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The Microplastics

Team Delavo presents


Microplastics are small plastic pieces less than 5 millimeters (0.2 inches) long, which can be harmful to ocean and aquatic life, states National Ocean Service (1). As a pollutant, its harm is not yet thoroughly understood, but as we dived deep into this field, the known effects are a great threat to not only ocean life, but also to humans, as we are the consumers of some marine species. In this article, we are to define microplastics and explain their deteriorating effects on ecosystems.


Microplastics, as their name implies, are tiny plastics. Being less than 5 millimeters long, they are also smaller in diameter than the standard pearl used in jewelry (2). Microplastics are divided into two categories as of their constitution way. One type of which is formed for either commercial uses such as cosmetics or textile sub-entity microfibers. These are already tiny plastic pieces, while the other category of microplastics is generated after the breakdown of a larger plastic item such as water bottles, which are mainly caused by environmental factors like the sun’s radiation or water movements.


The world is producing twice as much plastic waste as it did two decades ago, with the bulk of it ending in landfill, incinerated, or leaking into the environment, and only 9% successfully recycled, according to the new OECD report (3).

The study also shows that plastic consumption being quadrupled in the last 30 years (4). Another study reveals that people around the world buy a total of 1.000.000 plastic bottles per minute, counting to almost 1.5 billion plastic bottles per day (4). However, plastics do not decompose into unharmful pieces in the environment after usage. Plastics can take anywhere from 20 to 500 years to fully get lost, depending on the materials’ structure and environmental factors such as sunlight exposure (5). The time after the usage of plastic materials and their decomposition, there is the step of microplastics.


Day by day, the existence of microplastics in the ocean increases dramatically. An unsurprising but striking study by the UN unveils that there are as many as 51 trillion microplastic particles in the seas, 500 times more than stars in our galaxy (6). Microplastics found in the seas can be ingested by marine animals, and then they are accumulated and end up in humans through the food chain. Recently, they have been found in food and drinks, including beer, honey, and tap water. Another piece of evidence that humans accidentally consume microplastics is that plastic particles have been discovered in human stool (7).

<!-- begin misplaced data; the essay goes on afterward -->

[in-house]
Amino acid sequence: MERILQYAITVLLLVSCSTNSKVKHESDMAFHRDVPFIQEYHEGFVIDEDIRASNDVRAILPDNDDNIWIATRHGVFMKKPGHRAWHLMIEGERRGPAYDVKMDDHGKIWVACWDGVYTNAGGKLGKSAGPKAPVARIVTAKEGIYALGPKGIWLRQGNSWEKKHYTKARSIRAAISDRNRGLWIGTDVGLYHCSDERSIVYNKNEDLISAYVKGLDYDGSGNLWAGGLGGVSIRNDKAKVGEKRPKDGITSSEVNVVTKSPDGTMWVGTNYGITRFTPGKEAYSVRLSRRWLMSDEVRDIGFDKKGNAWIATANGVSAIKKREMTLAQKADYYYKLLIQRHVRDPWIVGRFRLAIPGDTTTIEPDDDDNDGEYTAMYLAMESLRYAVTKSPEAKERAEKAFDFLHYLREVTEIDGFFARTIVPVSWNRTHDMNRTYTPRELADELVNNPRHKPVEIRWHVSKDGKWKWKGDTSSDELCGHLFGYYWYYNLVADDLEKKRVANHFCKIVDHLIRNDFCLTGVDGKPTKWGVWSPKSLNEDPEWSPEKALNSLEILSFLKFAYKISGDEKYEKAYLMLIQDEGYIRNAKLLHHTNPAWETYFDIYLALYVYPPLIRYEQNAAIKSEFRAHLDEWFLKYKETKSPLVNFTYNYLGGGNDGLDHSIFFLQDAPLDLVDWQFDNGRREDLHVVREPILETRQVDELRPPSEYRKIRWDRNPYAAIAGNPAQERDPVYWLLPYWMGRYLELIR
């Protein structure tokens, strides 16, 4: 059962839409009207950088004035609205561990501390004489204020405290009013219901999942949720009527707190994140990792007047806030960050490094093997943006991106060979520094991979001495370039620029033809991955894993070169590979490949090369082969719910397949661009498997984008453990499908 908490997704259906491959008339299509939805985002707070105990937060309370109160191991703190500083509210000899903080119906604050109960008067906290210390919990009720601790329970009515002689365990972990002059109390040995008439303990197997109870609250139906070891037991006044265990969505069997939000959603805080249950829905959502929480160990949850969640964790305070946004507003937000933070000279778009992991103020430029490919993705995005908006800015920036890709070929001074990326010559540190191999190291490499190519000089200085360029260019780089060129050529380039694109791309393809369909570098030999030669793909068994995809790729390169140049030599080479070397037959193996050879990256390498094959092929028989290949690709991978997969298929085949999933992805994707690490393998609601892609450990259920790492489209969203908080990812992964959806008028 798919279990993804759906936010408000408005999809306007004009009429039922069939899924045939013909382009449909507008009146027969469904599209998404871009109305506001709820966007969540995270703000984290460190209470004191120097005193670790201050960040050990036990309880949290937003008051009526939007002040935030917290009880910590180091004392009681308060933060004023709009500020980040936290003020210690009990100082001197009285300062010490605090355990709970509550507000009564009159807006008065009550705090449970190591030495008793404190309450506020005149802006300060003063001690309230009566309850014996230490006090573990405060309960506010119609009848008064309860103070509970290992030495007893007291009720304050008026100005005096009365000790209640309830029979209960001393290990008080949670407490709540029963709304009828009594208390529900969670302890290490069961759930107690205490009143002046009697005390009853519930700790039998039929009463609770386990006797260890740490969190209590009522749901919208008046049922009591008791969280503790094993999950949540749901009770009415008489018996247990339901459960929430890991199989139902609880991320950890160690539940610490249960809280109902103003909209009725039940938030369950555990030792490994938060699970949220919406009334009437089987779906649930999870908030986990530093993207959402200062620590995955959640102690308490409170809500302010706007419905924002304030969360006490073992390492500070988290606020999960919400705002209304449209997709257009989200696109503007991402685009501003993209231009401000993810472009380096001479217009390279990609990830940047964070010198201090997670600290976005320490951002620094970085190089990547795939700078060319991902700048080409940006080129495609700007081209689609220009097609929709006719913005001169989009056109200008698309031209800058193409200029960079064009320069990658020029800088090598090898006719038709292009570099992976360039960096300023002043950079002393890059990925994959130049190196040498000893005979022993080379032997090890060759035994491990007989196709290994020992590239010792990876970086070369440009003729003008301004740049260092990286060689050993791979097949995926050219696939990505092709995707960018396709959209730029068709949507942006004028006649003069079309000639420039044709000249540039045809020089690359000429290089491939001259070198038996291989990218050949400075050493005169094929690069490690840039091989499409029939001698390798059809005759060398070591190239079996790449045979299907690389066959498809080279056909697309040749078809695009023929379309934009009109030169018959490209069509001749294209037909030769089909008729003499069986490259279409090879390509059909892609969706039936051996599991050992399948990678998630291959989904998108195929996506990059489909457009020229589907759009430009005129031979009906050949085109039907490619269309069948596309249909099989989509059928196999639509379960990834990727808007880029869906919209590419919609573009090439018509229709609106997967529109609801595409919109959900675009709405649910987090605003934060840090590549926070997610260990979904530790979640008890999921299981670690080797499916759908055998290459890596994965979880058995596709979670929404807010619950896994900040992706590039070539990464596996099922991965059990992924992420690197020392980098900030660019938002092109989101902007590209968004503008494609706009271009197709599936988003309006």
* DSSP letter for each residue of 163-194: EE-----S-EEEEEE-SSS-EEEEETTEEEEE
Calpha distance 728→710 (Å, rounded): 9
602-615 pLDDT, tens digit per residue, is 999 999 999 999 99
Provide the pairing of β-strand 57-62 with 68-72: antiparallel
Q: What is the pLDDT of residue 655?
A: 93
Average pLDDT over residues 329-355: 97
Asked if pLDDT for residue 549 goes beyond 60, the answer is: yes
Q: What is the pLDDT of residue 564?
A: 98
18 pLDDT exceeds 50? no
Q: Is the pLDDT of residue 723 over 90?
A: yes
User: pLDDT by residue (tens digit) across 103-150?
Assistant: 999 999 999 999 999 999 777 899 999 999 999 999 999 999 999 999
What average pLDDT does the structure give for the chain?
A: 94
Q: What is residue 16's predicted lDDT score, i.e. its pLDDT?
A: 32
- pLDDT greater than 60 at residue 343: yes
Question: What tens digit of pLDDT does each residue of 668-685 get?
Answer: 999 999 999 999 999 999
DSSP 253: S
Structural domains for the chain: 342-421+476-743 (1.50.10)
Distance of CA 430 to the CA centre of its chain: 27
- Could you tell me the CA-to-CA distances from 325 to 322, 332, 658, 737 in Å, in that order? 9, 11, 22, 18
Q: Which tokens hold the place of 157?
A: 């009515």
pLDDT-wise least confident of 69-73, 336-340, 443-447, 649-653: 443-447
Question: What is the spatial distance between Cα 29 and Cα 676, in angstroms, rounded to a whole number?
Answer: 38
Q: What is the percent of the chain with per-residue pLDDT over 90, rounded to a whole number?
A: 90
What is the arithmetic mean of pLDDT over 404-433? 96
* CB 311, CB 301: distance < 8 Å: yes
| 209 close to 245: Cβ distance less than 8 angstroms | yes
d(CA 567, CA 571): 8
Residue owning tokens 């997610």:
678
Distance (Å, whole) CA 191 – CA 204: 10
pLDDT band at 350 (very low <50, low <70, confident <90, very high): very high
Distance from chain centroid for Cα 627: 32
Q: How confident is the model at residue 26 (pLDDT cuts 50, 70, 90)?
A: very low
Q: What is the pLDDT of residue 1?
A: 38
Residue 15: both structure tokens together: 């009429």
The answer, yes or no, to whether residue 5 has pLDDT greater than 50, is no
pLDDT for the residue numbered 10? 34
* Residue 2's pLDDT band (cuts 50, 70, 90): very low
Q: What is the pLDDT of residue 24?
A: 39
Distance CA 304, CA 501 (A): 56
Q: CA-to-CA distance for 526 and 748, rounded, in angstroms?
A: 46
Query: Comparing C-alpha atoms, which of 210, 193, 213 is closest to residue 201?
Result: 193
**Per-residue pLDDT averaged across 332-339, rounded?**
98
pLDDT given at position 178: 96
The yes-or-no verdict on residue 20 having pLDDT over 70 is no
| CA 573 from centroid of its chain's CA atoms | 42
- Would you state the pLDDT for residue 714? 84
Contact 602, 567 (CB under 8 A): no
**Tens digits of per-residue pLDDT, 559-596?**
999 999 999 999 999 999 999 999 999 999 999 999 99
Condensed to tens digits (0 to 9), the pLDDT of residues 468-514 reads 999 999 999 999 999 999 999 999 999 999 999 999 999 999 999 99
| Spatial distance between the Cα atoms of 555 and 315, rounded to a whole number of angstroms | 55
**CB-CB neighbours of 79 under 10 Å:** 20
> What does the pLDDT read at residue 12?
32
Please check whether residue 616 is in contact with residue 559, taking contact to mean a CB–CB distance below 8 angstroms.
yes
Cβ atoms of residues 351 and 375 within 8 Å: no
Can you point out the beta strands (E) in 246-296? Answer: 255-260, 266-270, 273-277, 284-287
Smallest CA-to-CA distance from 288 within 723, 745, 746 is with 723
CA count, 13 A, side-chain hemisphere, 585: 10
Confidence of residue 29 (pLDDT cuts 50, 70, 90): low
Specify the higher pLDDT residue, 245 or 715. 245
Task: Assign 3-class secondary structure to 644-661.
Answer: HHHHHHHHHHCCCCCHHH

The certain effects of microplastics are still undiscovered and searched meticulously, yet the fact that plastics may often contain additives such as stabilizers or other possibly toxic chemical substances poses a great threat to all living creatures. Therefore, countries and international organizations such as the UN and EU started to take measures to deal with the harmful impacts of microplastics.


References:

  1. US Department of Commerce, N. O. and A. A. (2016, April 13). What are microplastics? NOAA's National Ocean Service. Retrieved March 22, 2023, from https://oceanservice.noaa.gov/facts/microplastics.html.

  2. Microplastics. Education. (n.d.). Retrieved March 22, 2023, from https://education.nationalgeographic.org/resource/microplastics/.

  3. Plastic pollution is growing relentlessly as waste management and recycling fall short, says OECD. (n.d.). Retrieved March 22, 2023, from https://www.oecd.org/environment/plastic-pollution-is-growing-relentlessly-as-waste-management-and-recycling-fall-short.htm.

  4. Million plastic bottles per minute – scary plastic statistics. Lavit. (n.d.). Retrieved March 22, 2023, from https://www.drinklavit.com/blog/plastic-isnt-green#:~:text=Studies%20show%20that%20people%20around,billion%20plastic%20bottles%20per%20day.

  5. Hughes, A. M. (2022, June 17). How long it takes everyday items to decompose. The Waste Management Recycling Blog. Retrieved March 22, 2023, from https://www.forgerecycling.co.uk/blog/how-long-it-takes-everyday-items-to-decompose/.

  6. United Nations. (n.d.). 'turn the tide on plastic' urges Un, as microplastics in the seas now outnumber stars in Our galaxy | un news. United Nations. Retrieved March 22, 2023, from https://news.un.org/en/story/2017/02/552052-turn-tide-plastic-urges-un-microplastics-seas-now-outnumber-stars-our-galaxy.

  7. Microplastics: Sources, effects and solutions: News: European parliament. Microplastics: sources, effects and solutions | News | European Parliament. (2018, November 22). Retrieved March 22, 2023, from https://www.europarl.europa.eu/news/en/headlines/society/20181116STO19217/microplastics-sources-effects-and-solutions.



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